Another thing that many people struggle with is elevation changes. This can mean shooting uphill or downhill, but it can also mean shooting at something at the same height, with a ravine, gully or stream bed in between. The change in height adds another element to the guessing game, especially considering that the archer must judge the pure horizontal distance, not the actual distance in order to get the arrow to fly true.
One more obstacle that I have had the pleasure of shooting over on occasion is water, especially water with reflections of objects, or worse, the sun. Water has a tendency to really distort your perception of distance and can cause all sorts of issues.
So why bring up all these negative? Because every archer needs to understand how to overcome any and every issue possible.
How to practice distance judging to become a better archer and bowhunter
Of course nearly everyone will agree that the best way to become better at something is to practice at it, and practice a lot. But often people are left scratching there heads as to the best way to practice.
When I was learning to judge yardage, I began with the basics. Judging objects in the open on flat ground and then stepping them off. This of course necessitated practicing my stride which I did by laying a tape measure in the back yard and pacing back and forth until I got it right.
This was great practice, but not of much real use in the real world where things are rarely set up perfectly. To make it to the next step, you have to move to judging objects with all of the above stated obstacles and at every conceivable distance possible.
It is very possible to walk into the woods, pick out an object, judge its distance then pace off the distance to see how close your number was. However, one of the best purchases I swore that I would never make was a range finder. This has increased my practice session effectiveness at least fivefold. I will walk into a good area, pick out three to four objects, judge the distance, then hit them all with the range finder to see how close I was.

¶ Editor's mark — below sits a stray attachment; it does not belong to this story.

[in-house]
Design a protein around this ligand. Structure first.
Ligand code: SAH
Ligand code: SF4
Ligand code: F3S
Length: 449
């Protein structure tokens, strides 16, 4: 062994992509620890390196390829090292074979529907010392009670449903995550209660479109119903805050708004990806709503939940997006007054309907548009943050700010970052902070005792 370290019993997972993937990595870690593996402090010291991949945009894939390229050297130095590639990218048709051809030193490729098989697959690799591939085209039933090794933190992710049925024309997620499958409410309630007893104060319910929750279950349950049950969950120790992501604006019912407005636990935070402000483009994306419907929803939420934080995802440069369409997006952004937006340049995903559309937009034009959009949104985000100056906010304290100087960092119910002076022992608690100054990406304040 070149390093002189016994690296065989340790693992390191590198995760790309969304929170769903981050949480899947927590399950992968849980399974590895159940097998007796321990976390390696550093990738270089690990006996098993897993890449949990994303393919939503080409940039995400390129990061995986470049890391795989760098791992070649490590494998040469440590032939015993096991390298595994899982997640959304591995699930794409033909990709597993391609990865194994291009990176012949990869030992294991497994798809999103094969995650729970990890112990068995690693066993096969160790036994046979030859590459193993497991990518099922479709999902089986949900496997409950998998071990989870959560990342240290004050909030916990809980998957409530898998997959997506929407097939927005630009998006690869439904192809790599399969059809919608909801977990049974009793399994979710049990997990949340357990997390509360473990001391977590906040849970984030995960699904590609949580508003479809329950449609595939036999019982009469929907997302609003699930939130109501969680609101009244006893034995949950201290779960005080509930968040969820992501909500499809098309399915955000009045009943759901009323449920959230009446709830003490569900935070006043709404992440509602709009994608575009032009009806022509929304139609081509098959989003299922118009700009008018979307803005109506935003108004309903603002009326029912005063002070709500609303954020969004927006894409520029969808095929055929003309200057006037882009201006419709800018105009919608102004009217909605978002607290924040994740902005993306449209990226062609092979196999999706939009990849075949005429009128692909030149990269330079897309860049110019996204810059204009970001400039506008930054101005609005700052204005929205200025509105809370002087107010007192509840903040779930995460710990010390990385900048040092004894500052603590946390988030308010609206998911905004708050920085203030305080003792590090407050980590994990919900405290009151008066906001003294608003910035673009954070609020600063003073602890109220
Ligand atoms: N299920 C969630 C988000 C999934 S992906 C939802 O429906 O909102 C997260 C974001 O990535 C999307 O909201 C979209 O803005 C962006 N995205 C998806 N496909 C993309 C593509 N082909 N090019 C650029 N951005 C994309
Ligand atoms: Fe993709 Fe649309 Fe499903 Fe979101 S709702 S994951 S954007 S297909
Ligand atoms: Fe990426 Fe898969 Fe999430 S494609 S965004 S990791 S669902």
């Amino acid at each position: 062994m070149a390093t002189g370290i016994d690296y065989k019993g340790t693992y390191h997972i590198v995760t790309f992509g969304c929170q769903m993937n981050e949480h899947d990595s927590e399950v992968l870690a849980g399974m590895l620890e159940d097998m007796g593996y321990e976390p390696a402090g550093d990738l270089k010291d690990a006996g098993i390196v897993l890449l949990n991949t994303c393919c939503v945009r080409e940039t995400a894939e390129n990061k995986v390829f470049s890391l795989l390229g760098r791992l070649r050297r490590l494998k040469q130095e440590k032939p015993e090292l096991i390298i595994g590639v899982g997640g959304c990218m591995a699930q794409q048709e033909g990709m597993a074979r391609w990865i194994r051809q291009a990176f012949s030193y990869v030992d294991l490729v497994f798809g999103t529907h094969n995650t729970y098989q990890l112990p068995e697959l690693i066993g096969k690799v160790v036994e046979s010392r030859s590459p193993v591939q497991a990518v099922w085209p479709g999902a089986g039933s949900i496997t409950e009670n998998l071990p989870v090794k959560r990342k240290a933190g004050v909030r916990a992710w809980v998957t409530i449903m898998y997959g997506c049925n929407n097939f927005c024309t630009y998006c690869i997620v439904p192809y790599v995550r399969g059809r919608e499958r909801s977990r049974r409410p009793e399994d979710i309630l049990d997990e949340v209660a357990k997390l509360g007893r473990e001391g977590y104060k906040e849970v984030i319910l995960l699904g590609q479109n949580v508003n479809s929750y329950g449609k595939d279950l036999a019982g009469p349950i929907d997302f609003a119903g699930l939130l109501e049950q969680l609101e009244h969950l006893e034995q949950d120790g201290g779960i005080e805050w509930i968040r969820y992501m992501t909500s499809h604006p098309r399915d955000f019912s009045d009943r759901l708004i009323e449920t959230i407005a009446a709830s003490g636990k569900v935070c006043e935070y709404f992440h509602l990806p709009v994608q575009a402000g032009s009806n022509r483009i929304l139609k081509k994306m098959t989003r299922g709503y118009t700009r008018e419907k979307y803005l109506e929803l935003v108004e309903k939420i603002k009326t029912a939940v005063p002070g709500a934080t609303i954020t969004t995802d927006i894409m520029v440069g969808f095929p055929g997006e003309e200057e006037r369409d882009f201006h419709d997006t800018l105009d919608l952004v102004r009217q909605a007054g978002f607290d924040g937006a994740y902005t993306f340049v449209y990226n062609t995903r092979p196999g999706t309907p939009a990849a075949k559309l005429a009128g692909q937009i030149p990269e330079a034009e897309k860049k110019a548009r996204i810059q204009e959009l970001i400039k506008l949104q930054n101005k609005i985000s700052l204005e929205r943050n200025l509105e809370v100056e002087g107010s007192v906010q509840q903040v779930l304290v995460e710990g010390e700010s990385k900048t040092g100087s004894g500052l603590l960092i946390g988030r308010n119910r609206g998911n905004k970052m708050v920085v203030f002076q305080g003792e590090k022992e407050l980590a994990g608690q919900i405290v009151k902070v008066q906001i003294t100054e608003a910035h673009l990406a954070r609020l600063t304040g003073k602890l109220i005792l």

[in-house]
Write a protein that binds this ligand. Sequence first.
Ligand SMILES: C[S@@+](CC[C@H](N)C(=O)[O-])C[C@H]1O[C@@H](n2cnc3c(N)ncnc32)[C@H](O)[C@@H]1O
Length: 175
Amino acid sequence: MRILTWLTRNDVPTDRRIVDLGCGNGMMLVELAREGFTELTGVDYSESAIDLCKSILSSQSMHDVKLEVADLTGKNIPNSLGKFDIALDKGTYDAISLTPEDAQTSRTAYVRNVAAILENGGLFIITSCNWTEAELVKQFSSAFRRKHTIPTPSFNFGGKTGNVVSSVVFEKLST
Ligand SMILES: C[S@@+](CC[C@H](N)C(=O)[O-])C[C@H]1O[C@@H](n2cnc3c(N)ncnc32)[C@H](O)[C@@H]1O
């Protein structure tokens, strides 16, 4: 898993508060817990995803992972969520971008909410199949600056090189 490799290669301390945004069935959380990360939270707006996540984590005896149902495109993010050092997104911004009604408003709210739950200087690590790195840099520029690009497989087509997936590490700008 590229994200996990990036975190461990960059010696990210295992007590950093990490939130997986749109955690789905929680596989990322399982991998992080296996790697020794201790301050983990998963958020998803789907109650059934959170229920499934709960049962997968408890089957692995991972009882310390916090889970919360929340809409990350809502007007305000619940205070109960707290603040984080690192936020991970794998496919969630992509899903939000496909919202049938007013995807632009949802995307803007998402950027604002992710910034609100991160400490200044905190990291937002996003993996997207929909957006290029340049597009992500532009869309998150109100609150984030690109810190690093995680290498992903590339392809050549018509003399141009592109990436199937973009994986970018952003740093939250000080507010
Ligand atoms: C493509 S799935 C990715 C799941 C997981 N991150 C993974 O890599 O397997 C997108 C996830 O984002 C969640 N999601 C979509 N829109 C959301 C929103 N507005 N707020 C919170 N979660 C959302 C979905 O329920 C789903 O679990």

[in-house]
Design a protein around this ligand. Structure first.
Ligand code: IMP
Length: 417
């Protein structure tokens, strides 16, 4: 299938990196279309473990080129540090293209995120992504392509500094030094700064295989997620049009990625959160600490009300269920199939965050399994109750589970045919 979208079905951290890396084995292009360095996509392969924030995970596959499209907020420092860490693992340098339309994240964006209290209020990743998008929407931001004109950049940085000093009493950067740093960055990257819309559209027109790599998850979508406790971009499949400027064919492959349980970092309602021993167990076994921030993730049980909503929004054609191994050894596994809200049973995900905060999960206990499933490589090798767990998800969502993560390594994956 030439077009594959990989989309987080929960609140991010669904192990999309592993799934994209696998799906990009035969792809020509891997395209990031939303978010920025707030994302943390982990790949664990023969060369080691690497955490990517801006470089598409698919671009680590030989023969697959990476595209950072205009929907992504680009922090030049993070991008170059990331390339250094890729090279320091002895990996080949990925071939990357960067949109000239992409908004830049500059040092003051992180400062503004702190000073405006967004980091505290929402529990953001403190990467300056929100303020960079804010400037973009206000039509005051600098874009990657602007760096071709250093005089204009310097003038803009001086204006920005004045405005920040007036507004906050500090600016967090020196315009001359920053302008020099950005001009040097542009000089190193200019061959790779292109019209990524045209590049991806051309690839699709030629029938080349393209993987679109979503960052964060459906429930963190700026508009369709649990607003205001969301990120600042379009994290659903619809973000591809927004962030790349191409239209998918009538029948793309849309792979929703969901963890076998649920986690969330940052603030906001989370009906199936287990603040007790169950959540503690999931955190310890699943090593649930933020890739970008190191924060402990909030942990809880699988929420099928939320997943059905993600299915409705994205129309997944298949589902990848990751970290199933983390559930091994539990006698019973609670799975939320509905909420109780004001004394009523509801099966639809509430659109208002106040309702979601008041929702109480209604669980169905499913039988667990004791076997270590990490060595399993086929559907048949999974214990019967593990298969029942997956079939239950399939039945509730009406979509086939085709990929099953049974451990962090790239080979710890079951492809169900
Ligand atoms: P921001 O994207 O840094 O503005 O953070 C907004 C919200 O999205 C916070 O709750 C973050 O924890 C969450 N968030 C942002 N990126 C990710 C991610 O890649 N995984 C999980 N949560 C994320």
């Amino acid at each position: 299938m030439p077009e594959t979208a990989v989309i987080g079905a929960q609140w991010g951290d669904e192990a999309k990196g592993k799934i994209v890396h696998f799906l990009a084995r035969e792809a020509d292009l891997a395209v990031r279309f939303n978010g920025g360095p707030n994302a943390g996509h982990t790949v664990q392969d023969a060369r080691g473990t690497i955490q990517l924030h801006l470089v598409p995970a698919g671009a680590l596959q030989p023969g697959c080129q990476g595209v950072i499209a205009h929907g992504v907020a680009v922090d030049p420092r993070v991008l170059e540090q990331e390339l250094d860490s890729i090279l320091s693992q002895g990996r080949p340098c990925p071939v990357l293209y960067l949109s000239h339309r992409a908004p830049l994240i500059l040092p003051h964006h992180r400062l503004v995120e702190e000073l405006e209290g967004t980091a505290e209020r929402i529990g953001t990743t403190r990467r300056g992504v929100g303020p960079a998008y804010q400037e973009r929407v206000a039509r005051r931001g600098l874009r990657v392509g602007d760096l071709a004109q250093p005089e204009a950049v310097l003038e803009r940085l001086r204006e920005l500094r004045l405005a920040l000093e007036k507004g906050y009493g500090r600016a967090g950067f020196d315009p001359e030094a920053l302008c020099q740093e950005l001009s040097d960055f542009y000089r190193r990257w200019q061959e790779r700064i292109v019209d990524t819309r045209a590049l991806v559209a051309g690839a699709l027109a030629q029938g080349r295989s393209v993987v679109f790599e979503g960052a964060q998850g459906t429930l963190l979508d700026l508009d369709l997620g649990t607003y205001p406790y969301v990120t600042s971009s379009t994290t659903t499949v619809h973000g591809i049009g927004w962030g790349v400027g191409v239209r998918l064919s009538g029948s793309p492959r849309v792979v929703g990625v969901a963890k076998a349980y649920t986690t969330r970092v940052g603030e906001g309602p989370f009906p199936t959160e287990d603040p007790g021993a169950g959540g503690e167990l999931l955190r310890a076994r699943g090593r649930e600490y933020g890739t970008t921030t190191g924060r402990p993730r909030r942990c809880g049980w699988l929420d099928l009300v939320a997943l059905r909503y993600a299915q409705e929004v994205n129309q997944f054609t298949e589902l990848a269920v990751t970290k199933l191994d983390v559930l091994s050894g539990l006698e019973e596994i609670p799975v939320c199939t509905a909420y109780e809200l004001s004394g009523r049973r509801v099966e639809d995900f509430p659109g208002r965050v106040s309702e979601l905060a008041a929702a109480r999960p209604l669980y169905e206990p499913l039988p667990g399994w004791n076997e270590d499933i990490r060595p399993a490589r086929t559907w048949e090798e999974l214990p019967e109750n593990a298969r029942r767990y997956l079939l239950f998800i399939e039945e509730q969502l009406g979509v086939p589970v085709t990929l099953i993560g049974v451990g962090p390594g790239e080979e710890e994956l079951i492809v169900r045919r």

One of the greatest benefits of this method is that if I am wrong, I can bring the range finder down and figure out where I went wrong without moving. I can also use the range finder to test my walk-up method by checking the objects I picked at 20, 30, etc. yards. If you don’t have a range finder and mis-judge a distance, walk back to the beginning. It is always worth the extra time to get it right.
I highly recommend taking the time to do nothing but go out and practice judging yardage in areas similar to where you will be shooting. Pick the object(s), judge the distance, find the actual distance by either stepping off or using a range finder, then either congratulate yourself for getting it right or figure out where you went wrong.
The biggest mistake you can make is the misjudge and object’s distance then just move on to the next object. Take the time, figure out where you went wrong and why (Did the shadow deceive you? Was there a tree in the way? Or did you simply rush your judgement?) Pick hard things to judge, look for obstacles and learn how they affect your vision and your ability to judge. If you consistently over-judge anything in a shadow, learn from it and use that information the next time.
There is no such thing as too much practice judging distance. Everyone can always use more practice and in the end it will only benefit you. Practice as you are walking into work, hiking to your favorite fishing spot or jogging along that river trail. There are always opportunities to practice; use them to your benefit!